You'd think shoveling out pills would be something an introvert might like, but let's not forget that more than 65% of the U.S. adult population uses prescription drugs, so you will definitely be dealing with a high volume of in-person interactions, even if behind a plexiglass barrier. Pharmacists do more than just administering medicine, and they are often required to work on their feet, offer advice related to medicine, deal with insurance companies, and coordinate with teams. If interested in this field as an introvert, there are options such as mail-order or remote order entry pharmacist.

Image via Shutterstock

Real Estate Agent

Buying or renting a home is a major decision for many, and as a real estate agent you'll be charged with navigating not only the financial side of it all but the personal and emotional side as well. You'll also have to personally connect with prospective buyers, sellers, lessee, and leasers in order to see sustainable success in this role, and there's quite a bit of teamwork involved as well. If you're into real estate as an introvert, you might find better success offering complementary services like interior design (for staging or buyers and leasers who want to decorate their new spot) or pursuing tech jobs like app-building, social media management, Website design, or IT for a real estate company. You could also look into managing an Airbnb where you would work remote and have more control over what clients you interact with along with when and how much you interact with them.

Law Enforcement Officer

Lately we've all seen the ugly and horrible side of law enforcement in the form of police brutality and unlawful atrocities, and we all know that this is a job that often involves a great deal of person-to-person contact. Even the culture of working in law enforcement involves partnering up, working on cases with others, and following key protocols that involve multiple departments related to criminal justice, public management, and legal systems. These jobs might also entail working in spaces with large populations such such as jails, prisons, youth centers, schools, courts, and other state and local offices. If you're an introvert who would like to work within law enforcement, jobs like cyber security specialist, fraud investigator, lab technician, security specialist, criminal analyst, hand-writing examiner, or animal control professional might be a better fit.

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ACLU By ACLUSponsored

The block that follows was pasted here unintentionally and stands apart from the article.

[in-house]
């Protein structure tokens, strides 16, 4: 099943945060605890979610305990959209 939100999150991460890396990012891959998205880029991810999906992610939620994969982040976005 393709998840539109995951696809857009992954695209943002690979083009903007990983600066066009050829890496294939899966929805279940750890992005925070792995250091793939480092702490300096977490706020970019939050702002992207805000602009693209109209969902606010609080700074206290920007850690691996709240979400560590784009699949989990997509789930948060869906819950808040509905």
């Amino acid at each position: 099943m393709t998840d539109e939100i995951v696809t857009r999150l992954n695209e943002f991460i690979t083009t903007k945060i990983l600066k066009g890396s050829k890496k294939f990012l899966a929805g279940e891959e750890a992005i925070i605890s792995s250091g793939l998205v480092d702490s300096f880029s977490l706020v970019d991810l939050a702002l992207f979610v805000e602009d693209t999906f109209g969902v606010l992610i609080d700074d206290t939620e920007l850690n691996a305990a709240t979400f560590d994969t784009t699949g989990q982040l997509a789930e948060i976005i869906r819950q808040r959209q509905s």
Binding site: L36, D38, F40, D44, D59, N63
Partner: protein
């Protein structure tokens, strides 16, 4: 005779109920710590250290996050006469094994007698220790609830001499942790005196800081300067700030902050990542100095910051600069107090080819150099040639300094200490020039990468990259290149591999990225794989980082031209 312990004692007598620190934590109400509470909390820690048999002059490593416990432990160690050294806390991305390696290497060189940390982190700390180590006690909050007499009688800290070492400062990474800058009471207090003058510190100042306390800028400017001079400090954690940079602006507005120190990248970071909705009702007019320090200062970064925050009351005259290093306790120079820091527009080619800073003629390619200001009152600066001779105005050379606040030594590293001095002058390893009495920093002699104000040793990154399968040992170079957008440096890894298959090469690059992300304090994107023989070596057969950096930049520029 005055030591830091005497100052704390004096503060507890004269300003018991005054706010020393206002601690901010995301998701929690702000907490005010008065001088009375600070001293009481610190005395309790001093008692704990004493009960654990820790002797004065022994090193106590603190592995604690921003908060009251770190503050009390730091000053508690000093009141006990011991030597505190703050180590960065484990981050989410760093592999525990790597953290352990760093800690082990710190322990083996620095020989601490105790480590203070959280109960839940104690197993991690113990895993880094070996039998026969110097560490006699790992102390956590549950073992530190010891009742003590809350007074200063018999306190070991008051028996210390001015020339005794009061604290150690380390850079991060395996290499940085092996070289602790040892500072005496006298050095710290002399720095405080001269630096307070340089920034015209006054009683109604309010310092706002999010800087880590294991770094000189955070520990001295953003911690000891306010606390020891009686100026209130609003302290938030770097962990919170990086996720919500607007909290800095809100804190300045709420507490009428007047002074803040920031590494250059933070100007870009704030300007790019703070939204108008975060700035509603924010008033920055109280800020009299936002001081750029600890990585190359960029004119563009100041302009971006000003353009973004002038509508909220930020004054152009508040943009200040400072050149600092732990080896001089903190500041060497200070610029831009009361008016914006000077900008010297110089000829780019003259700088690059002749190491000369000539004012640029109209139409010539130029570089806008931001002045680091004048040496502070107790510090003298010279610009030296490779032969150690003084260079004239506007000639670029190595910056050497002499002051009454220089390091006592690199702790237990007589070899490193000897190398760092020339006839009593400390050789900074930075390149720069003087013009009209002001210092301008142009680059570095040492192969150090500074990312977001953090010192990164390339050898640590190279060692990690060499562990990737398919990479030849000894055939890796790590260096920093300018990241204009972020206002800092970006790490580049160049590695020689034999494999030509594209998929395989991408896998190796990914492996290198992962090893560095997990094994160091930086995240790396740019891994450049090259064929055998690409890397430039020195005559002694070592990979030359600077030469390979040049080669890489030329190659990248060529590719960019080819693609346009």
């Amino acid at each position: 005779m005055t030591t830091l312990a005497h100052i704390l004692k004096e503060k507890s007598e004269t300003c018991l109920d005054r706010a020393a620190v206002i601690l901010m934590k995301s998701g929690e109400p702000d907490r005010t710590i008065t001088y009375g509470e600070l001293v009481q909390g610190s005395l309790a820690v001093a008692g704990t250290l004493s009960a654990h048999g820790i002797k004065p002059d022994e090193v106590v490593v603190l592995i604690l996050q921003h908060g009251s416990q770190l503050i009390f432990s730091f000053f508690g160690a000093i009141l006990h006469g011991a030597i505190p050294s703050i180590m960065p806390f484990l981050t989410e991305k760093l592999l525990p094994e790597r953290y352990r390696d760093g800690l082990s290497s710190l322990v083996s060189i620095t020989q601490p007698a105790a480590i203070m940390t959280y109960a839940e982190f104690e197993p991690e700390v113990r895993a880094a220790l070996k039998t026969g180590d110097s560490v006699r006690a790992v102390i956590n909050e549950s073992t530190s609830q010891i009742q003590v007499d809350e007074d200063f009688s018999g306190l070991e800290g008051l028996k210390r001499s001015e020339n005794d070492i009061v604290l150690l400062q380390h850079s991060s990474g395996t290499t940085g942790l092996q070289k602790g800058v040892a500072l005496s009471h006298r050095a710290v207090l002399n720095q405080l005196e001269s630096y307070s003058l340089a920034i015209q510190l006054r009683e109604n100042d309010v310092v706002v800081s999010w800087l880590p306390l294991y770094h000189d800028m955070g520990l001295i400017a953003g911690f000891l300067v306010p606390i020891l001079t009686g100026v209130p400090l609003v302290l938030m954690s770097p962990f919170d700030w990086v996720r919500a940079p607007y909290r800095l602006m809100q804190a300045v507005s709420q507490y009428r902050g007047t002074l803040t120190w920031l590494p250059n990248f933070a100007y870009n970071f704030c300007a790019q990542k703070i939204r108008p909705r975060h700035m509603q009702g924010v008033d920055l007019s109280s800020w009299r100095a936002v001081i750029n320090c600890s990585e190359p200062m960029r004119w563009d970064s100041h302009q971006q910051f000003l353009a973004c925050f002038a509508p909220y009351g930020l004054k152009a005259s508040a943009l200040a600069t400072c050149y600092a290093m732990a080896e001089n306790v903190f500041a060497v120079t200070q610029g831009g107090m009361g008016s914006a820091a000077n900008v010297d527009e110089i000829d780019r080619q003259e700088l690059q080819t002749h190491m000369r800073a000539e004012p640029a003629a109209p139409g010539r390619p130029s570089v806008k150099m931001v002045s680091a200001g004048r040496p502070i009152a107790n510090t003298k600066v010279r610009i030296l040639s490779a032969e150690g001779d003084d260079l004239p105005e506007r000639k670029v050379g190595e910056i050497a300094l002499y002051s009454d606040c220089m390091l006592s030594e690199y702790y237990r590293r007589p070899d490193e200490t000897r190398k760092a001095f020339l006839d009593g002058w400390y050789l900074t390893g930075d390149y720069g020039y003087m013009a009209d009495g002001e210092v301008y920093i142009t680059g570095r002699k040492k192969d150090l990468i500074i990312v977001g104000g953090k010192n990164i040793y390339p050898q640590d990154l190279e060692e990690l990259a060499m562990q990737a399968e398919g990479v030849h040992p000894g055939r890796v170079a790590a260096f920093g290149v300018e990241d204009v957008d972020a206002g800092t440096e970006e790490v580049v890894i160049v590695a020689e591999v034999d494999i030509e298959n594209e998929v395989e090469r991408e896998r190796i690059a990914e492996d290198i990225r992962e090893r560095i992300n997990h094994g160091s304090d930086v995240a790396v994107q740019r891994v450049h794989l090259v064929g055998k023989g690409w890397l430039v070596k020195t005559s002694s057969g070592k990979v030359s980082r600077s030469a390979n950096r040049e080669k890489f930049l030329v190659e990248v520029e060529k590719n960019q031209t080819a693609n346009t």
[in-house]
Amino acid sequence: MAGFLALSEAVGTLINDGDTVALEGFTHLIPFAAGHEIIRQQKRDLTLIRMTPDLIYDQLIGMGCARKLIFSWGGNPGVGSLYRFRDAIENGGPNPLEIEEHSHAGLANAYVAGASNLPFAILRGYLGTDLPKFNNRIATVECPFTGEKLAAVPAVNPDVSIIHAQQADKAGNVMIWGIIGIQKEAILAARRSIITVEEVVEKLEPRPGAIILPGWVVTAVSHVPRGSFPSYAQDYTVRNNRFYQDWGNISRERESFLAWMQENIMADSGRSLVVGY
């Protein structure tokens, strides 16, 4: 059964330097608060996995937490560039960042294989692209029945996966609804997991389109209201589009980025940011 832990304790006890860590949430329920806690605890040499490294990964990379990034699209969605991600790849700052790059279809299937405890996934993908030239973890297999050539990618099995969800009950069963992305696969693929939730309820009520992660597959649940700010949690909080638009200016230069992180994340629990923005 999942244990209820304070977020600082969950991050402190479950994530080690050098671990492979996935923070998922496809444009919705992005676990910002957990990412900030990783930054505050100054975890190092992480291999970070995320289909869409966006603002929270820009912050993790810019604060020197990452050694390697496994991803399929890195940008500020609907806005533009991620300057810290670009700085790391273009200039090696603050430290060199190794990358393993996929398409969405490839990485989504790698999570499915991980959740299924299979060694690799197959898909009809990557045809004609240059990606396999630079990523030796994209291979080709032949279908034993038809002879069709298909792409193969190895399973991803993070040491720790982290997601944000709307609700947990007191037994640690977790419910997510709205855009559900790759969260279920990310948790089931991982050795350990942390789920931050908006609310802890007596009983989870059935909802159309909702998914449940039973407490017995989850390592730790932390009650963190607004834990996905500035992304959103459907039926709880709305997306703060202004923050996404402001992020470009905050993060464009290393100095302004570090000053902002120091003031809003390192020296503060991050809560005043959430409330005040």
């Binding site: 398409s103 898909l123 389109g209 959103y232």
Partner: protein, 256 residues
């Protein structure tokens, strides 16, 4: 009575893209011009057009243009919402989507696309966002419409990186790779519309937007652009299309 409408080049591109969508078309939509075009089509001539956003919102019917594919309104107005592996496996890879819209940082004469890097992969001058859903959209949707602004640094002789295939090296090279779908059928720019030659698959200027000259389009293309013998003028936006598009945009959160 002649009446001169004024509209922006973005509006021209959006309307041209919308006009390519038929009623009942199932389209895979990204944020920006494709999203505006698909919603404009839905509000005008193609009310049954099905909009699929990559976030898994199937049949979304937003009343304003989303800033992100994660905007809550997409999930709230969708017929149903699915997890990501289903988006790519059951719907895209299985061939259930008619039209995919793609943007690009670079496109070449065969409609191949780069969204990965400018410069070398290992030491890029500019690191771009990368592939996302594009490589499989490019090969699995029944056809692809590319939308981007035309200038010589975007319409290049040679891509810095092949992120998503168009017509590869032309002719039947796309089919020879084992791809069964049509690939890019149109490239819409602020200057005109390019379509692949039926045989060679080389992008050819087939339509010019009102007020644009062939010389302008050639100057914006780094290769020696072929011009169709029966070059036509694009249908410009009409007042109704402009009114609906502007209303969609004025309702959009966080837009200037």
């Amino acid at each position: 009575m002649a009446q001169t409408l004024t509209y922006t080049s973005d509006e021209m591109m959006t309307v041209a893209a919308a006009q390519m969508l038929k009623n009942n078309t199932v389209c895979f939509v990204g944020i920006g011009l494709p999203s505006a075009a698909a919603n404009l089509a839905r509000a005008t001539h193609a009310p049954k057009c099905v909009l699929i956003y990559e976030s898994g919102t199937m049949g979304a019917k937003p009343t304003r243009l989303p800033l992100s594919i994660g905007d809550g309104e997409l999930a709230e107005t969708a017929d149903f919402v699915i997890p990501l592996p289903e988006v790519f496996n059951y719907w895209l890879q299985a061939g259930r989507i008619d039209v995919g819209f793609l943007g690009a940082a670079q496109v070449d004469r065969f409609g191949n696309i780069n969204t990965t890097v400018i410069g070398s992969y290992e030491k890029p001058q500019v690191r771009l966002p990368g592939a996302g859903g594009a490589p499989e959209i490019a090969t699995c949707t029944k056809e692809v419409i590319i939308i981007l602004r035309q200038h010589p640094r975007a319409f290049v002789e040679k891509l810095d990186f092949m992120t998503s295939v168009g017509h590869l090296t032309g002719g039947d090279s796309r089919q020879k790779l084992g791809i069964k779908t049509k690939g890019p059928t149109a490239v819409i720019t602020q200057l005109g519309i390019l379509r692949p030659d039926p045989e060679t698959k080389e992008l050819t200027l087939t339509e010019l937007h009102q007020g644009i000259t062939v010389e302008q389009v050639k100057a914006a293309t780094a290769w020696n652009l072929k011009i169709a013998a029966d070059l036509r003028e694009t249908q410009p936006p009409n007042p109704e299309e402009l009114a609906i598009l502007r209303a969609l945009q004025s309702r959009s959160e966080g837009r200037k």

Over the past four years, we grew accustomed to a regular barrage of blatant, segregationist-style racism from the White House. Donald Trump tweeted that “the Squad," four Democratic Congresswomen who are Black, Latinx, and South Asian, should “go back" to the “corrupt" countries they came from; that same year, he called Elizabeth Warren “Pocahontas," mocking her belief that she might be descended from Native American ancestors.

But as outrageous as the racist comments Trump regularly spewed were, the racially unjust governmental actions his administration took and, in the case of COVID-19, didn't take, impacted millions more — especially Black and Brown people.

To begin to heal and move toward real racial justice, we must address not only the harms of the past four years, but also the harms tracing back to this country's origins. Racism has played an active role in the creation of our systems of education, health care, ownership, and employment, and virtually every other facet of life since this nation's founding.

Our history has shown us that it's not enough to take racist policies off the books if we are going to achieve true justice. Those past policies have structured our society and created deeply-rooted patterns and practices that can only be disrupted and reformed with new policies of similar strength and efficacy. In short, a systemic problem requires a systemic solution. To combat systemic racism, we must pursue systemic equality.

What is Systemic Racism?

A system is a collection of elements that are organized for a common purpose. Racism in America is a system that combines economic, political, and social components. That system specifically disempowers and disenfranchises Black people, while maintaining and expanding implicit and explicit advantages for white people, leading to better opportunities in jobs, education, and housing, and discrimination in the criminal legal system. For example, the country's voting systems empower white voters at the expense of voters of color, resulting in an unequal system of governance in which those communities have little voice and representation, even in policies that directly impact them.

Systemic Equality is a Systemic Solution

In the years ahead, the ACLU will pursue administrative and legislative campaigns targeting the Biden-Harris administration and Congress. We will leverage legal advocacy to dismantle systemic barriers, and will work with our affiliates to change policies nearer to the communities most harmed by these legacies. The goal is to build a nation where every person can achieve their highest potential, unhampered by structural and institutional racism.

To begin, in 2021, we believe the Biden administration and Congress should take the following crucial steps to advance systemic equality:

Voting Rights

The administration must issue an executive order creating a Justice Department lead staff position on voting rights violations in every U.S. Attorney office. We are seeing a flood of unlawful restrictions on voting across the country, and at every level of state and local government. This nationwide problem requires nationwide investigatory and enforcement resources. Even if it requires new training and approval protocols, a new voting rights enforcement program with the participation of all 93 U.S. Attorney offices is the best way to help ensure nationwide enforcement of voting rights laws.

These assistant U.S. attorneys should begin by ensuring that every American in the custody of the Bureau of Prisons who is eligible to vote can vote, and monitor the Census and redistricting process to fight the dilution of voting power in communities of color.